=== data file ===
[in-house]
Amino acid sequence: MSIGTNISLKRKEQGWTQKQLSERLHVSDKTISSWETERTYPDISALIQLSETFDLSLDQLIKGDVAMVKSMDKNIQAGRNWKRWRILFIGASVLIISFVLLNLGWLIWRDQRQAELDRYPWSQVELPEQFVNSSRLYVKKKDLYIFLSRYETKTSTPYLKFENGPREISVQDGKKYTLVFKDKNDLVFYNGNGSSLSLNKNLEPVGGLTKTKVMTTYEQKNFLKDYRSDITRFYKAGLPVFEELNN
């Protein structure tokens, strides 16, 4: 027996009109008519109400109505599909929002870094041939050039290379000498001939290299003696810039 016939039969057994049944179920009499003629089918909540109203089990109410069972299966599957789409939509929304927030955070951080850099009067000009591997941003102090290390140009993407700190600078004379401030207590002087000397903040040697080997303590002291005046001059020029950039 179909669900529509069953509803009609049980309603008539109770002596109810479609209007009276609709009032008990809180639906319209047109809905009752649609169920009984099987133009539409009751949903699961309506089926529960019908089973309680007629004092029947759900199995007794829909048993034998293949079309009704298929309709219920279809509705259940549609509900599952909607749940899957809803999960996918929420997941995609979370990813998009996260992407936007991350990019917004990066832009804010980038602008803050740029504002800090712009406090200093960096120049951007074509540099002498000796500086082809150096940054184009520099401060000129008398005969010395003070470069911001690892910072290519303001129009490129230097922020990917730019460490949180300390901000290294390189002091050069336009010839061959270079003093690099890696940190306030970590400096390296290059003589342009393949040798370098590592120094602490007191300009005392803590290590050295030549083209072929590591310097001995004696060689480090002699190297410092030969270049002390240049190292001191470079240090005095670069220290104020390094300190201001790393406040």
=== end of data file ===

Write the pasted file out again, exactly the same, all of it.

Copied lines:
[in-house]
Amino acid sequence: MSIGTNISLKRKEQGWTQKQLSERLHVSDKTISSWETERTYPDISALIQLSETFDLSLDQLIKGDVAMVKSMDKNIQAGRNWKRWRILFIGASVLIISFVLLNLGWLIWRDQRQAELDRYPWSQVELPEQFVNSSRLYVKKKDLYIFLSRYETKTSTPYLKFENGPREISVQDGKKYTLVFKDKNDLVFYNGNGSSLSLNKNLEPVGGLTKTKVMTTYEQKNFLKDYRSDITRFYKAGLPVFEELNN
């Protein structure tokens, strides 16, 4: 027996009109008519109400109505599909929002870094041939050039290379000498001939290299003696810039 016939039969057994049944179920009499003629089918909540109203089990109410069972299966599957789409939509929304927030955070951080850099009067000009591997941003102090290390140009993407700190600078004379401030207590002087000397903040040697080997303590002291005046001059020029950039 179909669900529509069953509803009609049980309603008539109770002596109810479609209007009276609709009032008990809180639906319209047109809905009752649609169920009984099987133009539409009751949903699961309506089926529960019908089973309680007629004092029947759900199995007794829909048993034998293949079309009704298929309709219920279809509705259940549609509900599952909607749940899957809803999960996918929420997941995609979370990813998009996260992407936007991350990019917004990066832009804010980038602008803050740029504002800090712009406090200093960096120049951007074509540099002498000796500086082809150096940054184009520099401060000129008398005969010395003070470069911001690892910072290519303001129009490129230097922020990917730019460490949180300390901000290294390189002091050069336009010839061959270079003093690099890696940190306030970590400096390296290059003589342009393949040798370098590592120094602490007191300009005392803590290590050295030549083209072929590591310097001995004696060689480090002699190297410092030969270049002390240049190292001191470079240090005095670069220290104020390094300190201001790393406040």